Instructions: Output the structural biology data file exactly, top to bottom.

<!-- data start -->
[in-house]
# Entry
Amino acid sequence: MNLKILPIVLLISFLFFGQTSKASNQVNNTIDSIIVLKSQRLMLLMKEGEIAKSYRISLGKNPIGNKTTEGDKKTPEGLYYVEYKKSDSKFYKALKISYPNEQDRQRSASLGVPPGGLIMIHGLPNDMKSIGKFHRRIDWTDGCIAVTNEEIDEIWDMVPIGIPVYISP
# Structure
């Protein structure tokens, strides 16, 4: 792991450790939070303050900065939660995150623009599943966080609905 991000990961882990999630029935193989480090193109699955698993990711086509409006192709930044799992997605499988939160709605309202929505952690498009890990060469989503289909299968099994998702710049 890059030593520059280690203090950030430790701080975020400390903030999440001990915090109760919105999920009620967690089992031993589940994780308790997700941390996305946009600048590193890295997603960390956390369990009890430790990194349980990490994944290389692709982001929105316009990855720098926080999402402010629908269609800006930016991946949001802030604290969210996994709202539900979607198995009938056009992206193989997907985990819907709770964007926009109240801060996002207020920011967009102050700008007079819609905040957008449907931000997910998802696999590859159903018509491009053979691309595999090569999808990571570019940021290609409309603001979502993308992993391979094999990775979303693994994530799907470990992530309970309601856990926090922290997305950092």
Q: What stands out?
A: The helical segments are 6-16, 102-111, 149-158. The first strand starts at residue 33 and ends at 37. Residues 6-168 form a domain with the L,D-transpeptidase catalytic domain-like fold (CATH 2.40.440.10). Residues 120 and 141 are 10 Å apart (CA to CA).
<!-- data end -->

[in-house]
# Entry
Amino acid sequence: MNLKILPIVLLISFLFFGQTSKASNQVNNTIDSIIVLKSQRLMLLMKEGEIAKSYRISLGKNPIGNKTTEGDKKTPEGLYYVEYKKSDSKFYKALKISYPNEQDRQRSASLGVPPGGLIMIHGLPNDMKSIGKFHRRIDWTDGCIAVTNEEIDEIWDMVPIGIPVYISP
# Structure
């Protein structure tokens, strides 16, 4: 792991450790939070303050900065939660995150623009599943966080609905 991000990961882990999630029935193989480090193109699955698993990711086509409006192709930044799992997605499988939160709605309202929505952690498009890990060469989503289909299968099994998702710049 890059030593520059280690203090950030430790701080975020400390903030999440001990915090109760919105999920009620967690089992031993589940994780308790997700941390996305946009600048590193890295997603960390956390369990009890430790990194349980990490994944290389692709982001929105316009990855720098926080999402402010629908269609800006930016991946949001802030604290969210996994709202539900979607198995009938056009992206193989997907985990819907709770964007926009109240801060996002207020920011967009102050700008007079819609905040957008449907931000997910998802696999590859159903018509491009053979691309595999090569999808990571570019940021290609409309603001979502993308992993391979094999990775979303693994994530799907470990992530309970309601856990926090922290997305950092």
Q: What stands out?
A: The helical segments are 6-16, 102-111, 149-158. The first strand starts at residue 33 and ends at 37. Residues 6-168 form a domain with the L,D-transpeptidase catalytic domain-like fold (CATH 2.40.440.10). Residues 120 and 141 are 10 Å apart (CA to CA).